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Robelio Gonzalez alleges his landlord threatened to call immigration after he started withholding rent over a series of code violations in his apartment.
Earlier this month, Immigration and Customs Enforcement agents detained Gonzalez — a laborer from Guatemala who says his only crime was to stand up for his rights.
The agents let him go on the condition that he report to ICE headquarters in Burlington three weeks later. And on Friday afternoon, he walked into the building not knowing whether he’d be allowed out.
Two hours later, Gonzalez appeared in front of a jubilant group of supporters and family with an electronic monitor strapped to his ankle and a temporary reprieve.
"Now I’m going to continue to speak out," he said in Spanish, "so that others like me - who stay quiet out of fear - realize there’s support out there."
Gonzalez walked into the meeting with the backing of Attorney General Maura Healey and members of the state’s Congressional delegation. The AG’s office is investigating Gonzalez’s landlord over the allegation that he threatened to call ICE multiple times in retaliation for Gonzalez asserting his rights as a tenant.
An assistant attorney general said Gonzalez should not be deported because he’s a key witness in the investigation.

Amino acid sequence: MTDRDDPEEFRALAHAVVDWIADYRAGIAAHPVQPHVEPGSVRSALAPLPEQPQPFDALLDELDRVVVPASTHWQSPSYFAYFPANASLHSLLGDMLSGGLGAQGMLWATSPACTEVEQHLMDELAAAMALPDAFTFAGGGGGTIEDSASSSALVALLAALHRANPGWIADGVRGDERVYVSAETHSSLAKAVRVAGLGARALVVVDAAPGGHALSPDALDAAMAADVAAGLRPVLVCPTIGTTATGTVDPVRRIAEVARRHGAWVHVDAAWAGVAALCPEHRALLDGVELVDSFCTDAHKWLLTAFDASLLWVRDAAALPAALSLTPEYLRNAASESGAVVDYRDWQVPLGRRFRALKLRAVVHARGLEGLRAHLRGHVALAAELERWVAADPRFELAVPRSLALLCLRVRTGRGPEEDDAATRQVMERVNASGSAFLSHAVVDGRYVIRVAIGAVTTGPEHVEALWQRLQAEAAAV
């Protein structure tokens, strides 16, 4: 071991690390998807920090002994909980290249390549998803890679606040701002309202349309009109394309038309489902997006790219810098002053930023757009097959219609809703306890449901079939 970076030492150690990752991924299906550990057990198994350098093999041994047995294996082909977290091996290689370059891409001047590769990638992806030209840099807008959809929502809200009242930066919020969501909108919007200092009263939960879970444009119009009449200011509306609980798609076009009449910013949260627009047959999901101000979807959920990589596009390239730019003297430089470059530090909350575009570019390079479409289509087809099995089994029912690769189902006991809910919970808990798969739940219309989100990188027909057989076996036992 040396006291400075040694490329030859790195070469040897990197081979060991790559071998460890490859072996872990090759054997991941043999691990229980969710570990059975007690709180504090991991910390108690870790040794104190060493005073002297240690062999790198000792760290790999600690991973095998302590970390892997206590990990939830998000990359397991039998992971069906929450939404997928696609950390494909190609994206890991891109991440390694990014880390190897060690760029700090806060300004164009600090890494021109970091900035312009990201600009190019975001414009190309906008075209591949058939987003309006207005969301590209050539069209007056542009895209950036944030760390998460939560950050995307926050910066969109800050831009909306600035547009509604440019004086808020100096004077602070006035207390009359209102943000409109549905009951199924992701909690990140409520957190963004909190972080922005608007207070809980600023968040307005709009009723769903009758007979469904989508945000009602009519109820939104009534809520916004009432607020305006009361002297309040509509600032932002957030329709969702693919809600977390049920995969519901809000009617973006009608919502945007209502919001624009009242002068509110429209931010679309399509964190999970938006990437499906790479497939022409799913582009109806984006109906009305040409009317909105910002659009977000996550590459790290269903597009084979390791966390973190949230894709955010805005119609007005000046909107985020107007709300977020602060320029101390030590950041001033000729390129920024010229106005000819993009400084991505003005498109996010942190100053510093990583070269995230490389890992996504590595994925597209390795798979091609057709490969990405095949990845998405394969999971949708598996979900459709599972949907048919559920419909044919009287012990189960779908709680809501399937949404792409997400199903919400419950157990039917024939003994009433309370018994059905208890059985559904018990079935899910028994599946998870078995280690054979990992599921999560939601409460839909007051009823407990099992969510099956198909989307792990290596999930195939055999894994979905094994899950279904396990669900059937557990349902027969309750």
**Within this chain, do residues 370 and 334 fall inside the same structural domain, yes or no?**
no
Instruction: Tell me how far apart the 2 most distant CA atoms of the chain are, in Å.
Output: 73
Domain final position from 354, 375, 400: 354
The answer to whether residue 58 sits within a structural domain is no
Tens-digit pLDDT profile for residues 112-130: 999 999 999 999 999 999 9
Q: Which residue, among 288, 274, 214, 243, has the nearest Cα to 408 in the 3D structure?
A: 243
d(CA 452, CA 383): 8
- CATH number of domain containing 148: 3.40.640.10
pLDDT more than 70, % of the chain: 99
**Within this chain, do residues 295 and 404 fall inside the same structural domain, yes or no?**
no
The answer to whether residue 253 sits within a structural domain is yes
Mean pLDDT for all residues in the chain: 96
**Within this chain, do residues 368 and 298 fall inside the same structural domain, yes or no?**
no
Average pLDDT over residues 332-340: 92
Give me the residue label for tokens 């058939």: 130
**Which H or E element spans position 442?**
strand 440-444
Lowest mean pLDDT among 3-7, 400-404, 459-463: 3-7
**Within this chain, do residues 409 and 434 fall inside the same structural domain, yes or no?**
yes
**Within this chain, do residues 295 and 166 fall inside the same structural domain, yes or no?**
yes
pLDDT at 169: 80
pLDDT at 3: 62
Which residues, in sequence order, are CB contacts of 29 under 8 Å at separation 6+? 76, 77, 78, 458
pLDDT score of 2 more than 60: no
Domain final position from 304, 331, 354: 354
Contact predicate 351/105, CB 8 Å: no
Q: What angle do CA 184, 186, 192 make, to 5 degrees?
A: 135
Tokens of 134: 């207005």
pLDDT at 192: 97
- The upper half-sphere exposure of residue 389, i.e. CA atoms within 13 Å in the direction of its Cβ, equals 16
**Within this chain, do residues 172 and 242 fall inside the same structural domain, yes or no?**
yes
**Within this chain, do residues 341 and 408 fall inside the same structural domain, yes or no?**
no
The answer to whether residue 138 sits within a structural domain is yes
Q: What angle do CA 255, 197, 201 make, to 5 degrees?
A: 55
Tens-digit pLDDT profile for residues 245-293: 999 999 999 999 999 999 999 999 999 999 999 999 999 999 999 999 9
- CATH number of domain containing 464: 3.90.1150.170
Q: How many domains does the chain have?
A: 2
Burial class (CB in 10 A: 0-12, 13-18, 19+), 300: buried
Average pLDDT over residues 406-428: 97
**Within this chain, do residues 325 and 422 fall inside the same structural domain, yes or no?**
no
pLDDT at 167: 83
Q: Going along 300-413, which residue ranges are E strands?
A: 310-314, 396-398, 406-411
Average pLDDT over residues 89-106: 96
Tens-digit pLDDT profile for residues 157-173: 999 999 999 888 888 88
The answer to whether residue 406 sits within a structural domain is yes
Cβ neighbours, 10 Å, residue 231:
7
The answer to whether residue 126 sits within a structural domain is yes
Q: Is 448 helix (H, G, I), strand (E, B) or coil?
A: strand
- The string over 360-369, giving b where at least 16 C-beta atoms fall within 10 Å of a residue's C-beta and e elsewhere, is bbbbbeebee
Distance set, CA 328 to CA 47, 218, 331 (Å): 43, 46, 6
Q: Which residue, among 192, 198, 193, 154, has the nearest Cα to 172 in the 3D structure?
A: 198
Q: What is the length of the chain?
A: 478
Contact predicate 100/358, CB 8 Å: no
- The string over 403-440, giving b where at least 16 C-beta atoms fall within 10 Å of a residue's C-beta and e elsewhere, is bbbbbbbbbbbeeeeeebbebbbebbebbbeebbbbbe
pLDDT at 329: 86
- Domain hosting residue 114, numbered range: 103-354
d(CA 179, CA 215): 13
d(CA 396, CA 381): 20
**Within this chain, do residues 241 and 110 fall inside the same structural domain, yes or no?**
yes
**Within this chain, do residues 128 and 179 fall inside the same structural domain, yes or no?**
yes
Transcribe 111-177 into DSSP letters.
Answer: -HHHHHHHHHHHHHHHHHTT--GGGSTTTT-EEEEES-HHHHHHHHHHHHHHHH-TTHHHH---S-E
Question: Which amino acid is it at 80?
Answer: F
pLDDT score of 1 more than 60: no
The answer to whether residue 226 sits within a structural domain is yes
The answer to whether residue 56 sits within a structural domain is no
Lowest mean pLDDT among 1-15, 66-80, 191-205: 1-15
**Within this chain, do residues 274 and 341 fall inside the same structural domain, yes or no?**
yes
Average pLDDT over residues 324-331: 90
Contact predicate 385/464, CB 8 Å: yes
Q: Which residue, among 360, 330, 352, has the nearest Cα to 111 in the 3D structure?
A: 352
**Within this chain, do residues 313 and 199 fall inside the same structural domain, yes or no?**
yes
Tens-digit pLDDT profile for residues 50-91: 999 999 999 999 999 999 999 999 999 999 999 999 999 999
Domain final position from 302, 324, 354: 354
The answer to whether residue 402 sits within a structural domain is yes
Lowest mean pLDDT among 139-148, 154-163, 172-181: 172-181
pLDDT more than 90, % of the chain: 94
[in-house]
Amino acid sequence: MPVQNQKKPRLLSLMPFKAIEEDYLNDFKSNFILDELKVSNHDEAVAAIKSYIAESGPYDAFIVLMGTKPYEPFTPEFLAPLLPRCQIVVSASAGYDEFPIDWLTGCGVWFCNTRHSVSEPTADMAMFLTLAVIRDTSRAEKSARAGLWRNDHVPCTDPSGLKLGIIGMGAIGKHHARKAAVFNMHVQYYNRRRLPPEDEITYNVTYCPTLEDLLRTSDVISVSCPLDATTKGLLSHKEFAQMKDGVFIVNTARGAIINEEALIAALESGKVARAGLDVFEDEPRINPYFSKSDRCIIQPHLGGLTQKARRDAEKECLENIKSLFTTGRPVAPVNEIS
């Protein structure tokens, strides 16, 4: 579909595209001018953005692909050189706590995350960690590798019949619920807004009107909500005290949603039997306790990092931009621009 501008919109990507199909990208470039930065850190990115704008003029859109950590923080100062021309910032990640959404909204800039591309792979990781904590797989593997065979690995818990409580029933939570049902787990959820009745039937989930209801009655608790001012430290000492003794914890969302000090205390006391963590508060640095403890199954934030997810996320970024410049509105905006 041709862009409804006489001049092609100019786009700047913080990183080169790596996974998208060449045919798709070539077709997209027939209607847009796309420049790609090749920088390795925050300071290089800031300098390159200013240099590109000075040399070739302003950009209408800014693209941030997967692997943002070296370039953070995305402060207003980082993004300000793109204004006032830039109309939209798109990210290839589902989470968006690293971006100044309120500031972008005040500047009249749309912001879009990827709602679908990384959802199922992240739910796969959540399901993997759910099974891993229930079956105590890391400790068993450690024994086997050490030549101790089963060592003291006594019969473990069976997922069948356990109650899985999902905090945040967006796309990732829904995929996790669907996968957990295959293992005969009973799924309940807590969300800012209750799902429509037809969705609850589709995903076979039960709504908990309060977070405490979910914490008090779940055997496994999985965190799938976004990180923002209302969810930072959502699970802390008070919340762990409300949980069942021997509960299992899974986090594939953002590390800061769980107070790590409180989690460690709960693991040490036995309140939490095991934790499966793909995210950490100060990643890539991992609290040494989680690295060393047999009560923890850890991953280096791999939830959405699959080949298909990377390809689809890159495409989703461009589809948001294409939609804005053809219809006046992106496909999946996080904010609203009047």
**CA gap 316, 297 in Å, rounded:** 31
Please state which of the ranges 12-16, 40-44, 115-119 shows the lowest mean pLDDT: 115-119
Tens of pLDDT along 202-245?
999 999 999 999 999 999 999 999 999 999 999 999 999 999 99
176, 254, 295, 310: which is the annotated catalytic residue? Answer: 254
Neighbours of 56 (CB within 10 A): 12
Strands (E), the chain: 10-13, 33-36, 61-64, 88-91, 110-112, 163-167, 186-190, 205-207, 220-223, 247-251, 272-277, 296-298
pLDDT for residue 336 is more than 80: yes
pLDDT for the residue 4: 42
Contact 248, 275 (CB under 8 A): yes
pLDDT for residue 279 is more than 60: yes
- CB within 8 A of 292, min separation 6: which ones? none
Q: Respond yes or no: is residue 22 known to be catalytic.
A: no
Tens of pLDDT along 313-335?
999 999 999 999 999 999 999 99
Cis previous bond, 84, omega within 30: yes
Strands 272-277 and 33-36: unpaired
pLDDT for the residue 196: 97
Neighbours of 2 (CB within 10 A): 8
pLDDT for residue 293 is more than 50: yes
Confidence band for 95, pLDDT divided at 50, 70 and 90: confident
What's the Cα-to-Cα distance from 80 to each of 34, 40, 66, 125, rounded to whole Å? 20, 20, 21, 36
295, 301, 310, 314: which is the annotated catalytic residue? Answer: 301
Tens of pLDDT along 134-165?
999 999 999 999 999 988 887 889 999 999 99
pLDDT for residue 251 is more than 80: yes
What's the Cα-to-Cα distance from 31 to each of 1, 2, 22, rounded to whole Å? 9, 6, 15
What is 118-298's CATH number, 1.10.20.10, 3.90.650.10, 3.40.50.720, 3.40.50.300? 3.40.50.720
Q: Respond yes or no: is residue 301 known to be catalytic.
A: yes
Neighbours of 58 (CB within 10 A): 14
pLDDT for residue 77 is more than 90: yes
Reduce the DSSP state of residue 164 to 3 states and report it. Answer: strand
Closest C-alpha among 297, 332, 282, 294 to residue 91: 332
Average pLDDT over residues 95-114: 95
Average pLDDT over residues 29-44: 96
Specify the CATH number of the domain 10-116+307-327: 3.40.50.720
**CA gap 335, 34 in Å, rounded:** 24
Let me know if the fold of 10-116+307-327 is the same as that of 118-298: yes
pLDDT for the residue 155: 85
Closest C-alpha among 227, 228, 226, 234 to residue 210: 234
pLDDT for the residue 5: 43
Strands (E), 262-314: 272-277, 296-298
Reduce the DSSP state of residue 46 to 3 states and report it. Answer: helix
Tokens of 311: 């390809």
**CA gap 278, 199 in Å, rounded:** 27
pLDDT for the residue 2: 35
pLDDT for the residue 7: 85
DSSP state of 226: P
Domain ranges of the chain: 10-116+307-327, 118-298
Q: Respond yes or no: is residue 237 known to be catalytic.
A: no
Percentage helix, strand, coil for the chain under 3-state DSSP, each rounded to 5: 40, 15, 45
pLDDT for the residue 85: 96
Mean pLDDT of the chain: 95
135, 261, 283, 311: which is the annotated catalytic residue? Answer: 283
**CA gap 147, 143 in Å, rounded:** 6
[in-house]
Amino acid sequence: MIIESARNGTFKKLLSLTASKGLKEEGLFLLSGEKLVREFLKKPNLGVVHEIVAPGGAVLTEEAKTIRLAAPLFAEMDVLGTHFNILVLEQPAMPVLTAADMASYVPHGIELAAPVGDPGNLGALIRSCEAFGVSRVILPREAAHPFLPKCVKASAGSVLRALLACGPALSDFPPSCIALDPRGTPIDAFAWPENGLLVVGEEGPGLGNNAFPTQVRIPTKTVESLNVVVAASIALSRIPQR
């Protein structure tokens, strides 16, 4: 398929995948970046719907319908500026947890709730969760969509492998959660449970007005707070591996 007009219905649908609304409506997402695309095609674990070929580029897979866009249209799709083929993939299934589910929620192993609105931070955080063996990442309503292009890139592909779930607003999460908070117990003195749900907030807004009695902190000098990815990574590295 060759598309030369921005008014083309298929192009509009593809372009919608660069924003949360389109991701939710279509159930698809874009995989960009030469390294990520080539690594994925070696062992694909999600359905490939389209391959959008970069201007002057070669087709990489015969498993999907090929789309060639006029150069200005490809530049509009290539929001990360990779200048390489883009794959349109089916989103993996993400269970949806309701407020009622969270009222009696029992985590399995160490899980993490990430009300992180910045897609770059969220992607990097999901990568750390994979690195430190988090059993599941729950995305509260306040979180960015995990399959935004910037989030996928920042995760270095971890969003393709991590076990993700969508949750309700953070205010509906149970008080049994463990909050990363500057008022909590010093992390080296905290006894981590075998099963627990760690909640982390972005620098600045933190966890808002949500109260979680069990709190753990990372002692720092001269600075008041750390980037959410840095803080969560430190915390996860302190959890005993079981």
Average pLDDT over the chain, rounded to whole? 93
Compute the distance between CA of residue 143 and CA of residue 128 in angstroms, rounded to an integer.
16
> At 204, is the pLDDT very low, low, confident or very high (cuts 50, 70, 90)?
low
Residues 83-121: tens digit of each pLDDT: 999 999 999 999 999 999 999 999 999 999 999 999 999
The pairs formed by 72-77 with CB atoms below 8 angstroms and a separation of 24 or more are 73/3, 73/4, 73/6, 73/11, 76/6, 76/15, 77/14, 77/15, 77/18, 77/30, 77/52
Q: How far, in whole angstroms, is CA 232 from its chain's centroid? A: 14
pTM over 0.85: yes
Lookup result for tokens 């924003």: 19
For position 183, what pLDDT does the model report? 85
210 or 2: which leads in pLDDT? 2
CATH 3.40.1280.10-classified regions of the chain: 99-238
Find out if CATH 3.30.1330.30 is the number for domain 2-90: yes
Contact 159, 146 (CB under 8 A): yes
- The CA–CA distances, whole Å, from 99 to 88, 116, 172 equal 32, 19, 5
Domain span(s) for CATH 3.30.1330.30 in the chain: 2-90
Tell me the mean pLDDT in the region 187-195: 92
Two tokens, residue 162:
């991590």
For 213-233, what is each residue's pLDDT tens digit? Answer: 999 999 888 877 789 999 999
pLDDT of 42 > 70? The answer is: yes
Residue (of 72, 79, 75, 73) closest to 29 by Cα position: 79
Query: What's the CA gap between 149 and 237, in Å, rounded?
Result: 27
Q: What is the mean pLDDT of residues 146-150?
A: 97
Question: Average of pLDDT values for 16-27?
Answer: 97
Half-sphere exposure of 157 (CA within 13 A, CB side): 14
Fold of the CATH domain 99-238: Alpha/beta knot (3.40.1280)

Gonzalez's landlord, She-Ling Wang of Lincoln, denies calling ICE on his tenant. A spokesperson from ICE declined to comment on the case.
But attorney Susan Church praised the agency's decision to let her client go.
“He doesn't have any sort of criminal history that would justify detention," she said. "It sets a bad precedent to arrest somebody who is speaking out against a problematic and criminal landlord, and I think ICE made the right decision here."
Asked about the exact terms of Gonzalez’ release, Church had to turn to her client.
“Can I see the papers they gave you?" she asked.
As Church read through the papers, a big grin spread across her face.
"They gave him until April of 2021 to report back again," she said.
A reporter asked: "And that's plenty of time?"
"No," Church said, "but it’s a start.”
Church said Gonzalez can use the next six months to fix his immigration status. He’s optimistic that there’s a pathway to citizenship, because he’s helping with the investigation into his landlord, and that could qualify him for a type of visa awarded to immigrants who cooperate with law enforcement.
Asked whether he thinks his landlord might have done him a favor by reporting him, Gonzalez laughed.
"There’s no bad thing that doesn’t come for some good reason," he said.
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